Before the Gold: Best Production Design

This month, we’re taking a look at this year’s Oscar nominees and digging into their past work to find hidden gems that you may have overlooked. Best Production Design includes a diverse array of landscapes, from an ever-changing apartment to a claustrophobic recording studio, from an antique Hollywood to an open desert, to some version of time moving in multiple directions.  Here’s a showcase of the masterful talent who helped to create the backdrops and scenery that made their movies so memorable, and other projects they’ve worked on that are absolutely worth checking out.

The Father

Peter Francis

Hidden gem: The Debt

Cathy Featherstone

Hidden gem: Supernova

The Debt (Focus Features)

Mossad agents hunt an escaped Nazi in the past and deal with the implications of their actions in the present, moving between secret locations and public landmarks in The Debt. In a recent release that largely avoided awards attention, Supernova, two partners travel from familiar places to memorable faces as they seek to hold on to something that reminds them of normalcy and happiness.

Ma Rainey’s Black Bottom (our interview here)

Mark Ricker

Hidden gem: The Way, Way Back

Karen O’Hara

Previously nominated for: Alice in Wonderland (won), The Color of Money

Hidden gem: The Silence of the Lambs

Diana Stoughton

Hidden gem: Me and Earl and the Dying Girl

The Way, Way Back (Fox Searchlight)

The criminally underrated ensemble comedy The Way, Way Back brings to life an idyllic vacation summer and the colorful locales that come along with it. The effectiveness of the incomparable thriller The Silence of the Lambs relies greatly on its drab, dated locations and their eerie nature. Me and Earl and the Dying Girl features a strong narrative matched by a marked specificity in the physical creation of each scene.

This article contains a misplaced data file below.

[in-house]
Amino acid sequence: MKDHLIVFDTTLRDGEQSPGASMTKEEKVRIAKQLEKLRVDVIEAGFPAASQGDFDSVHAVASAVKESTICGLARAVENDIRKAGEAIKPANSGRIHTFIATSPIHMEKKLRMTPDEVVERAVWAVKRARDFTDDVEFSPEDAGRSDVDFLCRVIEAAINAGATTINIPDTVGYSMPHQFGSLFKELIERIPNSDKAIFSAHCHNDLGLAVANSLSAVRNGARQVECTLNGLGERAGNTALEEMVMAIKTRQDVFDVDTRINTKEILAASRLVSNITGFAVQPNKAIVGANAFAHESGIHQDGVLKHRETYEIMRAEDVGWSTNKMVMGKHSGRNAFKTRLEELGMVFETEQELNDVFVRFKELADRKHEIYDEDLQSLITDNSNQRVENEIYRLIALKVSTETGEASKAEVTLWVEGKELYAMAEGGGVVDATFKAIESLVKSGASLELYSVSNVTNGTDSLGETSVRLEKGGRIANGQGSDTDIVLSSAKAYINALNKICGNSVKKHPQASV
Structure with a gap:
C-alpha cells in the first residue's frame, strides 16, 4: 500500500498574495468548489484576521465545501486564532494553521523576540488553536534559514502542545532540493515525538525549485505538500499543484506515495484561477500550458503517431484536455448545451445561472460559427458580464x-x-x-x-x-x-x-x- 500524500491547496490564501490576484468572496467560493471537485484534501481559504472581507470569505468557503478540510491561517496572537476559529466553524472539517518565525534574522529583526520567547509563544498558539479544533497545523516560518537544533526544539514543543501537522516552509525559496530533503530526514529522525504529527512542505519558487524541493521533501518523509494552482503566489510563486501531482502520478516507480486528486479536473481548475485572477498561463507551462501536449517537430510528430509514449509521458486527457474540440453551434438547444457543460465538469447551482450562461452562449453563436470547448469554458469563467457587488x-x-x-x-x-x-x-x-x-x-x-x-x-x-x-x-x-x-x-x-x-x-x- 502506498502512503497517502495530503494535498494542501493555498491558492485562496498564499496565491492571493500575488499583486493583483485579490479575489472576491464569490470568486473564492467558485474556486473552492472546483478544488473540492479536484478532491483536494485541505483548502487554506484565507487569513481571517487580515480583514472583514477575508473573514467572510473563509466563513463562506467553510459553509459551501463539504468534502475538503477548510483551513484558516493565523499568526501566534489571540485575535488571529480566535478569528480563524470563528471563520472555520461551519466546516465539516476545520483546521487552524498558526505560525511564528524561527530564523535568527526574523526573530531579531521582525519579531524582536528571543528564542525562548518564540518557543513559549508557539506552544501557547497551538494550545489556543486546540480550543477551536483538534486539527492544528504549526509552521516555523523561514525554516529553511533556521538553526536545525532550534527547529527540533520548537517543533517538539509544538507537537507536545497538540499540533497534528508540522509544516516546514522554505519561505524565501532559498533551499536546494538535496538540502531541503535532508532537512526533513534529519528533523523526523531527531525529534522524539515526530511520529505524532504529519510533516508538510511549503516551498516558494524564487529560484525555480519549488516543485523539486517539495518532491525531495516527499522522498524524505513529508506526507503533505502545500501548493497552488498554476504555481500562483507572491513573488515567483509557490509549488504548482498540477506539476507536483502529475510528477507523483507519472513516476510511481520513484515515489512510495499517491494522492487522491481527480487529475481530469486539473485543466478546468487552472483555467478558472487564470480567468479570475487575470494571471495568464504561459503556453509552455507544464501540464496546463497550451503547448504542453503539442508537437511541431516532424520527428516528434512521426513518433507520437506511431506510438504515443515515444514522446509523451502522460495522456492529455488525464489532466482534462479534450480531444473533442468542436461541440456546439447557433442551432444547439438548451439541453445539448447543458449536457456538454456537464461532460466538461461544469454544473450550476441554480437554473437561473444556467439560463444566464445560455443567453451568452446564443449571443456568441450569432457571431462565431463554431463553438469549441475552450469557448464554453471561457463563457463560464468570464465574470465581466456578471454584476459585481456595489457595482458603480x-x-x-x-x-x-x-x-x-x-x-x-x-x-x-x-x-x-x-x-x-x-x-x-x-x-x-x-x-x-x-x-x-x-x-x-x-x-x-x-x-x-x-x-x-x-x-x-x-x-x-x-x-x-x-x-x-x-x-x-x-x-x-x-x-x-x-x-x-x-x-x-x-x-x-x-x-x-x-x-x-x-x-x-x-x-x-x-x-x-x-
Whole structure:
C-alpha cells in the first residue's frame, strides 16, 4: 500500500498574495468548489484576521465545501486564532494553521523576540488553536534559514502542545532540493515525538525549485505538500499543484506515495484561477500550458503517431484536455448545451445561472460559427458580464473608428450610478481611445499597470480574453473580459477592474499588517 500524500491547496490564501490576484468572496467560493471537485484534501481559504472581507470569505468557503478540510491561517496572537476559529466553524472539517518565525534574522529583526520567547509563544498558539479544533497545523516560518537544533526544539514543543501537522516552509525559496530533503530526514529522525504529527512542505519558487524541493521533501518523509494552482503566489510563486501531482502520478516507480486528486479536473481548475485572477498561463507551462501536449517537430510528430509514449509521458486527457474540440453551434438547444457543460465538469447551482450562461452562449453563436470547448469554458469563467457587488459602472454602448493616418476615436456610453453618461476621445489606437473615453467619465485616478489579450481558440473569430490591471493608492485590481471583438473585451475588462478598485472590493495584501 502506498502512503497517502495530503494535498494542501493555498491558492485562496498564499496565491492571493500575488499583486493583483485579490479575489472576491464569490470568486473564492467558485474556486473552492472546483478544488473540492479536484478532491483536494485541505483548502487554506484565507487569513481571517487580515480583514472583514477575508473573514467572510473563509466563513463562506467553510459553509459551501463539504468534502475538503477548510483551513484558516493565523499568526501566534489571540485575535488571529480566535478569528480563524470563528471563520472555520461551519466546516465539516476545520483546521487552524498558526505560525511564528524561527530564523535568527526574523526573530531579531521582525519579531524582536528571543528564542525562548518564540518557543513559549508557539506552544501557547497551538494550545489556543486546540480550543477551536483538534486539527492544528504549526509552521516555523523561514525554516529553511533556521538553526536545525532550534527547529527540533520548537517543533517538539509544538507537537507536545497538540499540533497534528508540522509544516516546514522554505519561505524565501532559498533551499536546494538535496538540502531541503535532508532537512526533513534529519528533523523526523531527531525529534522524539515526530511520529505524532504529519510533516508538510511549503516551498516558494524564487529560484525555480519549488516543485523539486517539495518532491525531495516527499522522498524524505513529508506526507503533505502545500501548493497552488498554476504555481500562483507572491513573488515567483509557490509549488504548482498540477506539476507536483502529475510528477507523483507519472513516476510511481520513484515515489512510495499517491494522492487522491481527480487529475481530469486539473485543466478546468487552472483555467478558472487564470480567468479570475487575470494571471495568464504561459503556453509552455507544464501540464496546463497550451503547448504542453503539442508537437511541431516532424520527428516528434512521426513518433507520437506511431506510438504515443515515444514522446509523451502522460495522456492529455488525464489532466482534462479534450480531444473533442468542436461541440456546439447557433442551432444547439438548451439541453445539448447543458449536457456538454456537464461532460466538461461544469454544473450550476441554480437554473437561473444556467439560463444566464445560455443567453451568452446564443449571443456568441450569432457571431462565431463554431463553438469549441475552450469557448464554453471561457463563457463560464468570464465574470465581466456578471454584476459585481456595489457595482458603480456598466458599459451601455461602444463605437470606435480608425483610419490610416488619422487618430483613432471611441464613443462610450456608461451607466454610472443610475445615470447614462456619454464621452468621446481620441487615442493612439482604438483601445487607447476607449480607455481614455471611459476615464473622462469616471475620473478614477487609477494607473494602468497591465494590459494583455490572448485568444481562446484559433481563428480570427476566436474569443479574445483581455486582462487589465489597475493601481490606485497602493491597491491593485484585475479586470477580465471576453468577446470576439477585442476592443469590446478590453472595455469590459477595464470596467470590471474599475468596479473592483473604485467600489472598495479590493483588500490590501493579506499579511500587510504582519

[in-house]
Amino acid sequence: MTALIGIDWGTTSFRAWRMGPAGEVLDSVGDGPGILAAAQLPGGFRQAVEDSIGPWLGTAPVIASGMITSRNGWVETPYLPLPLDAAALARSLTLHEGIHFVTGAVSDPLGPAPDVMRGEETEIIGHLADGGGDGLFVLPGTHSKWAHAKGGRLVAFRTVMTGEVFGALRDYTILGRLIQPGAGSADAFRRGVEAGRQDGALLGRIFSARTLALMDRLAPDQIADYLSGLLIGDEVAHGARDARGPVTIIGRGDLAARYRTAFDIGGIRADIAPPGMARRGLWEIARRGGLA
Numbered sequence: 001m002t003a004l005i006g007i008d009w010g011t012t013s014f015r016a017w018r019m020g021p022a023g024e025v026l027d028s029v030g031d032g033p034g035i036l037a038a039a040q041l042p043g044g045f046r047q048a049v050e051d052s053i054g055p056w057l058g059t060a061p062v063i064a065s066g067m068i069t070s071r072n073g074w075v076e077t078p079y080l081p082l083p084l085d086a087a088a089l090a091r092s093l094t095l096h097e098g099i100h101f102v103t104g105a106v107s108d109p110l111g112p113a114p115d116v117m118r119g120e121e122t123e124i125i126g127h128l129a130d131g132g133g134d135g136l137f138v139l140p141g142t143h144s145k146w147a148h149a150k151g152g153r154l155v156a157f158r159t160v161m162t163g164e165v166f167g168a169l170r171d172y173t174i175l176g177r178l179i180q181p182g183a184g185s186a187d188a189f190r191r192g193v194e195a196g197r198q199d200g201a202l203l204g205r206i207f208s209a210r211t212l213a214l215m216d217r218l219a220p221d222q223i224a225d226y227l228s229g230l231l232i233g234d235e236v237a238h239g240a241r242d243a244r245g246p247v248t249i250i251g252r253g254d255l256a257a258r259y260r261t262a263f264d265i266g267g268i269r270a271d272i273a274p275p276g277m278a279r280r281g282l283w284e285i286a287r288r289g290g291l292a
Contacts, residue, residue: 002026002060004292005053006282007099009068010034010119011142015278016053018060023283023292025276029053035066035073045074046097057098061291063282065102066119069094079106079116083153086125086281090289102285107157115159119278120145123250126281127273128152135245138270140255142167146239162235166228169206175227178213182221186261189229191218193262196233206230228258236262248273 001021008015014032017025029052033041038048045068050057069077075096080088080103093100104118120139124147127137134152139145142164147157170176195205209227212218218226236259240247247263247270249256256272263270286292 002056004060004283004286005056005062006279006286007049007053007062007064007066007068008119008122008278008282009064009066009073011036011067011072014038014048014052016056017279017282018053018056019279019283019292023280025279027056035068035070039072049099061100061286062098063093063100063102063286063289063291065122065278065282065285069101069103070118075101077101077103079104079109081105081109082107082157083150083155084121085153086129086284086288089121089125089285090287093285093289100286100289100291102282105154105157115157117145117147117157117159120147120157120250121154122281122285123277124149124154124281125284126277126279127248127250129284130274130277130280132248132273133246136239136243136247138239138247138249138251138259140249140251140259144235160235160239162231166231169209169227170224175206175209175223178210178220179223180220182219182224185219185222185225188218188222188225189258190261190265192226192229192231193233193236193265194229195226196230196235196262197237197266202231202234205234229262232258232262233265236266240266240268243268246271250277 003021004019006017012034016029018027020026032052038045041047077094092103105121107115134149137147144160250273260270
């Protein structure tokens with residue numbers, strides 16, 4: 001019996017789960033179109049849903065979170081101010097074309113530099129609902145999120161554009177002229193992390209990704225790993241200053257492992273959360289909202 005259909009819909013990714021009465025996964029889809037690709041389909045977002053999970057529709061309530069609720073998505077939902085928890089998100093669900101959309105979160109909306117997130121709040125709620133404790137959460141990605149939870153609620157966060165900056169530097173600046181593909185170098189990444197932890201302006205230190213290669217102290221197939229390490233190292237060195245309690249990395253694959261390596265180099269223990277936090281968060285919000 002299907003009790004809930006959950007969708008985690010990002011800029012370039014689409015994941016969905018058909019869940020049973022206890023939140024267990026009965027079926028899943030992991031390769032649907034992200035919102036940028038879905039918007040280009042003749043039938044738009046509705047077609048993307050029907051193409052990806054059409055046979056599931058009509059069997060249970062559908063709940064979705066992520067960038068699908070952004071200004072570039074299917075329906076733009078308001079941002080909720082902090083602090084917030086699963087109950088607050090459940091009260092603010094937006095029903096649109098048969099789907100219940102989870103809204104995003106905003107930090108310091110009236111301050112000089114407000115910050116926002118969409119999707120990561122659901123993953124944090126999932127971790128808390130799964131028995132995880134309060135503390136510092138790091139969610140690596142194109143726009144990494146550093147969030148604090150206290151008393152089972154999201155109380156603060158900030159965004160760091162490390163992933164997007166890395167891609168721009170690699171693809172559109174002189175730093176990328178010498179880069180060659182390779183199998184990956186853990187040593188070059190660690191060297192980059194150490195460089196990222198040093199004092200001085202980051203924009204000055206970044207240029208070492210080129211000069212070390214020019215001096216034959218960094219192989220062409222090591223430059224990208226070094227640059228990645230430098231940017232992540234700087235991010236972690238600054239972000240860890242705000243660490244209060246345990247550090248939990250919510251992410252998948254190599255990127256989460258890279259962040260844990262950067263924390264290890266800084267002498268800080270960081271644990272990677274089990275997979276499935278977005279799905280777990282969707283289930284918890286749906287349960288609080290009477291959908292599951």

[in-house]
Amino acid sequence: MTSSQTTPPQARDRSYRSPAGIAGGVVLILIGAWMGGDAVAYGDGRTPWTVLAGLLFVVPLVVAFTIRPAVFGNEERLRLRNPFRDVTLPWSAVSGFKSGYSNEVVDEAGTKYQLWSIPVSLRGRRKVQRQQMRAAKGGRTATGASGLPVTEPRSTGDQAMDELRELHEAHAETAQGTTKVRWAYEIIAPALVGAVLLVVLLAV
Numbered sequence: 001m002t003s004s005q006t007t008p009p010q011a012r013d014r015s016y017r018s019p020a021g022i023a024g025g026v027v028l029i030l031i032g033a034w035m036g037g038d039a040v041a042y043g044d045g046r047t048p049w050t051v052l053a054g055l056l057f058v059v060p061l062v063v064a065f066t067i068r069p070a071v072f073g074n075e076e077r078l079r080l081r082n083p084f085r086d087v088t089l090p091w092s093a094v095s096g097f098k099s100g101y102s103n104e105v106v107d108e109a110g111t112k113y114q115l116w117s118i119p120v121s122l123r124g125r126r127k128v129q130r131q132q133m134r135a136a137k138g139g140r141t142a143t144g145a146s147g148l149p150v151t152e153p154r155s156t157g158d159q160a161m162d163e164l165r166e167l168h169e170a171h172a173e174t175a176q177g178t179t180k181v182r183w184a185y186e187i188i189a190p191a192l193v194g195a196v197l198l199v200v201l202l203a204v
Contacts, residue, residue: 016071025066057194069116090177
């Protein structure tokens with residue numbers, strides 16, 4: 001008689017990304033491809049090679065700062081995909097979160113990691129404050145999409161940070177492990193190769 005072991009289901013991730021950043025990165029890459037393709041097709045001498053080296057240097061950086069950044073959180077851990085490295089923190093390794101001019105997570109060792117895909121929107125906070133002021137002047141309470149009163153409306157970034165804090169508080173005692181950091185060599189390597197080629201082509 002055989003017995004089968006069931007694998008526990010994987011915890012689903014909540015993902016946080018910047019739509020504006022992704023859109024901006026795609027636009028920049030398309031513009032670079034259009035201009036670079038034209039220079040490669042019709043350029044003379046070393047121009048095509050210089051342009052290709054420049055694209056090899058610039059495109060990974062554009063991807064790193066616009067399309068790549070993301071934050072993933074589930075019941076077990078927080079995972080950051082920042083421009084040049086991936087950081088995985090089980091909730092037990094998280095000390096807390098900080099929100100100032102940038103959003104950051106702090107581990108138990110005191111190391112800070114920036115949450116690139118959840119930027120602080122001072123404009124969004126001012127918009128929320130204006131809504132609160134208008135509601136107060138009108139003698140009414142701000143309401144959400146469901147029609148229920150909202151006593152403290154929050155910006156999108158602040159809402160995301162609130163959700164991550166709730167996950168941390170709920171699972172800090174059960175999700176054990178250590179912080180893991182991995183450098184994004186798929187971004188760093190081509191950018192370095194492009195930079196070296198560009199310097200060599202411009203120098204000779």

Donald Graham Burt

Previously nominated for: The Curious Case of Benjamin Button (won)

Hidden gem: The Social Network

Jan Pascale

Previously nominated for: Good Night, and Good Luck.

Hidden gem: The United States of Leland

The United States of Leland (Paramount)

Another collaboration with director David Fincher, The Social Network, is given an utterly sleek finish thanks to the presentation of all of its emphatic moments and speeches. The United States of Leland makes extraordinary use of ordinary spaces to weigh the impact of relationships and conversations.

News of the World (our interview here)

David Crank

Hidden gem: The Master

Elizabeth Keenan

Hidden gem: Widows

Widows (20th Century Fox)

The creepy allure of the cult movement in The Master is made exponentially more hypnotic by the muted colors and backdrops of its settings. Locations and hideouts are key in Widows, heightening drama by inviting action into unexpected places.


Nathan Crowley                                         

Previously nominated for: First Man, Dunkirk, Interstellar, The Dark Knight, The Prestige

Hidden gem: The Greatest Showman

Kathy Lucas

Previously nominated for: First Man

Hidden gem: Legally Blonde

Legally Blonde (MGM)

A circus is brought to marvelous life in The Greatest Showman, complementing costumes and acrobatics with a dazzling trip back in time. Elle Woods stands out as the brightest and bubbliest person in any room thanks in no small part to the detailed work on whatever it is that’s behind her in any given scene in Legally Blonde.


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Written by Abe Friedtanzer

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